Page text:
Restaurant review by Amy Cavanaugh
You’ll smell it the second you walk into the restaurant—that wood-burning scent is the hearth, the pride and joy of the Promontory, a new Hyde Park spot from the Longman & Eagle team. The restaurant bills itself as “hearth-to-table,” a phrase that means they’ll cook the food over a big fireplace located in the back of the dining room, and bring it to your table. There’s a lot of emphasis on the hearth at Promontory, with “hearth-roasted” this and “hearth-charred” that, which would feel less gimmicky if the food were great. But the Promontory is the first restaurant from this crew (they also run Dusek’s Board & Beer/Punch House/Thalia Hall, and Jared Wentworth is the chef for all three venues) that hasn’t left me excited and eager to return.
Before we get to the food, the Promontory does have a couple things going for it. The space is beautiful, with long boxes stuffed with greenery lining the window, lights dangling over the big wrap-around bar, high ceilings and huge windows. Like Thalia Hall, it’s part restaurant-part music venue, and they’ll be featuring jazz performances and a weekly soul party, among other events. And it’s part of a hot couple blocks in Hyde Park that’s already home to A10 and will soon include a second Chicago outpost of Yusho. Those are all reasons that people will go, but where it really counts—the food, the service, the overall experience—Promontory just can’t get it together.
For starters, I can only hope that you aren’t seated at either of the two tables closest to the restrooms. If you’re stuck there, as I was, you’ll have a direct line of sight into a service area, and your view throughout dinner will be chefs dumping dirty dishes and cookware into big tubs, bussers drying glasses, and servers counting cash. It’s not pretty.
It’s also loud. I could barely hear my dinner date across the table, and we had to ask our soft-spoken server to repeat herself. She was very sweet but also clueless—we asked about the two unnamed rums used in the Jamaican old fashioned, and she named two rums not from Jamaica. (We later asked the bartender, and learned that one of the rums is indeed from Jamaica.) She also couldn’t tell us what the hearth-charred vermouth was in the hearth Manhattan, shrugging and telling us, “I don’t make them.”
So we skipped those drinks. The cocktail list is divided up by spirit, and for each, you can get a cocktail that’s carbonated, shaken or stirred. It’s an easy format, but both drinks we tried—a carbonated daiquiri and a housemade root beer spiked with rye—were duds. The daiquiri tasted off, with a heavy dose of lime, while the root beer was weak and watery.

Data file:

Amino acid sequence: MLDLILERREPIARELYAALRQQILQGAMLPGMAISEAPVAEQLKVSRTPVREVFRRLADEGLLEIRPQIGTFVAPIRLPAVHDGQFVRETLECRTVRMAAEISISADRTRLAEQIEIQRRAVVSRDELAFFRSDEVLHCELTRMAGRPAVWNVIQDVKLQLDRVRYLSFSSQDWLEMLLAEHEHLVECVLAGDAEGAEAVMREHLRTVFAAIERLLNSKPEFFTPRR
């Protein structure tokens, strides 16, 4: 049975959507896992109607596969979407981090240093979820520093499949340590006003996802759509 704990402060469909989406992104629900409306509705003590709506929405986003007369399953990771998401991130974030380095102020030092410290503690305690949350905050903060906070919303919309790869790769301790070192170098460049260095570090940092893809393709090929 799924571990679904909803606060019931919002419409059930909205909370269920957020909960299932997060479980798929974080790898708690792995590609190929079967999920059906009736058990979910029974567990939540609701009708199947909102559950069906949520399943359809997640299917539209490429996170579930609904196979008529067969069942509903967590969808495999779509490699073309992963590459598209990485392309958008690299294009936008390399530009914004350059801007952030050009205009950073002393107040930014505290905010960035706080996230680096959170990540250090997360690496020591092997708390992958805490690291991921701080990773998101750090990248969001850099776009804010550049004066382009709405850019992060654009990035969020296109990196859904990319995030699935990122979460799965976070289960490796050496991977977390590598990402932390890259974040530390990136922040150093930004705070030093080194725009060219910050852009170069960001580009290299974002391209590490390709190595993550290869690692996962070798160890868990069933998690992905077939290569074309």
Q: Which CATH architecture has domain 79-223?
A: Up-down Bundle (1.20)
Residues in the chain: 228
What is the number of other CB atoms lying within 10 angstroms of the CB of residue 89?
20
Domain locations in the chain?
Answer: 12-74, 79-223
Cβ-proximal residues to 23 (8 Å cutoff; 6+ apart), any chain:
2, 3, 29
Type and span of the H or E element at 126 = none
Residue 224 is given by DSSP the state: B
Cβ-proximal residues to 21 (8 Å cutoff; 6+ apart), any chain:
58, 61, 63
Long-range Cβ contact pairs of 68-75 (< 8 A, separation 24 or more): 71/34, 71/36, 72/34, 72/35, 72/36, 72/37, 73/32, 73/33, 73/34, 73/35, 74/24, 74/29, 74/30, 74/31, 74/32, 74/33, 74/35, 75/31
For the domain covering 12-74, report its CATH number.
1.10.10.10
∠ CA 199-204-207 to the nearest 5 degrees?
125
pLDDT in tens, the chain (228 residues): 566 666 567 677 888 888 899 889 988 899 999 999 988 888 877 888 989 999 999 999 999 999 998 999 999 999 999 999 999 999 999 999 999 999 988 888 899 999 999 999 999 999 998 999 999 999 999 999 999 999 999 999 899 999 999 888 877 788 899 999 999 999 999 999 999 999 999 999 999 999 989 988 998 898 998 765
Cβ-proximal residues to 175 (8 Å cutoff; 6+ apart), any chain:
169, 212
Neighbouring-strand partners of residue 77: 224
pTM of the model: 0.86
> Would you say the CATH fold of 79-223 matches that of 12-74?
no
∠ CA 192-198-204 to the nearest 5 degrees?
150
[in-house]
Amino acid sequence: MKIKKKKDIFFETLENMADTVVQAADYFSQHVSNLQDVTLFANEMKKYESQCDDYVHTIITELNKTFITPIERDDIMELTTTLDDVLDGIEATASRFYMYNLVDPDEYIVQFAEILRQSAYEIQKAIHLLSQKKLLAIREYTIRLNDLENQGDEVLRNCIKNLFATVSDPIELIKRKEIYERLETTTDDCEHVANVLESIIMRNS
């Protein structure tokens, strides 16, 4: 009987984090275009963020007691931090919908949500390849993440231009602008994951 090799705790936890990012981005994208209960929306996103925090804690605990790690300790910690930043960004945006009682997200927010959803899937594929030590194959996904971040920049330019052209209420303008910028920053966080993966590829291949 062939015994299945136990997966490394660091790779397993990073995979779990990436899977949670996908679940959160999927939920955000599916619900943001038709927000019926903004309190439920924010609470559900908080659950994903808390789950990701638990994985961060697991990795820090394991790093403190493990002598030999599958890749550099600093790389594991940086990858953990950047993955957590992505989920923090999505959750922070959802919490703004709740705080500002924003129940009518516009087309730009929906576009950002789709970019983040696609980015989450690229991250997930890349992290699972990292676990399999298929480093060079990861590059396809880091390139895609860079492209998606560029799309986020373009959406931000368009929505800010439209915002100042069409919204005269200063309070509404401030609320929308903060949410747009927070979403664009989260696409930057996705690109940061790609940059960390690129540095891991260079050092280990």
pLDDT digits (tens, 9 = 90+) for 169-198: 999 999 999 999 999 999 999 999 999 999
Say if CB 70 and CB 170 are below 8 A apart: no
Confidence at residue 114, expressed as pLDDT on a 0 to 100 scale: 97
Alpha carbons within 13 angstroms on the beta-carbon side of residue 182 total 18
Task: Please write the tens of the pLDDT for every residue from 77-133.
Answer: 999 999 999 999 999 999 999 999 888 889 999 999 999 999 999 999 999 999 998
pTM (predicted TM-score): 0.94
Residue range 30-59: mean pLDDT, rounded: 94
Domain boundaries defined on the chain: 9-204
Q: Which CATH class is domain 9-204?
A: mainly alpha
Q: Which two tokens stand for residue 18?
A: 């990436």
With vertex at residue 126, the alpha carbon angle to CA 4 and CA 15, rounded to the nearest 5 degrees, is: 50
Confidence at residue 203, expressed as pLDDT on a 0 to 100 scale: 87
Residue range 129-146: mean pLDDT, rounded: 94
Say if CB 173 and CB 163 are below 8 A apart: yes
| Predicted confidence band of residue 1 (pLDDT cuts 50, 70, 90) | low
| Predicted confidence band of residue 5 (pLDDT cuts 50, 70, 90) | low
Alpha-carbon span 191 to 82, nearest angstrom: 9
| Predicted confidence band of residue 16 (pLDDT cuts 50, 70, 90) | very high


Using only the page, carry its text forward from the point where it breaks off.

While the layout of the cocktail menu makes sense, the food menu is too complicated. It’s divided into the following sections: Cold, Fast, Embers, Historic, Snacks and Pastry. You’re supposed to treat dishes from the Cold and Snacks sections as starters, while Fast, Embers and Historic are entrees. From the Snacks section, we ordered the hearth-roasted feta, a plate of melty feta covered with marinated olives, balsamic and roasted peppers. It comes with warm bread to scoop it all up, and it’s a solid dish, though the portion was so small, I wished we’d ordered two.
From the Cold section, the cornbread panzanella is an underseasoned plate of lettuce, onions, feta, cubes of dry cornbread and other veggies. From the Fast section, the grilled lamb burger starts with a patty that soaks up wood flavor from the hearth and comes topped with tapenade, smoked feta, pickled onions and tomato relish. It’s all tucked into an olive challah bun and comes with chickpea fries, which rely on the chermoula-spiced ketchup for flavor. The burger is really good, with a nice mix of textures and flavors, and a much better choice than the ribs, which are from the Embers section. Four ribs—three were dry and anemic and required effort to pull the meat off the bone, while the fourth was strictly sauced cartilage—were served with two shrimp, a pile of underdone collard greens and a scallion crepe.
And then we got to dessert. Before heading to Hyde Park, we called the restaurant to ask what time they stopped seating, and they told us they were seating tables until 11pm. We arrived well before then, but the meal progressed slowly, and at 11, our server told us that the kitchen was closing and we had to order dessert right that minute. She also said that it might come out while we were still eating our entrees. The Neapolitan ice cream sandwich started melting on the table next to us while we were only half done with our entrees, and while there were still dozens of people in the restaurant.
Longman & Eagle and Dusek’s are excellent restaurants. The Promontory needs to step it up.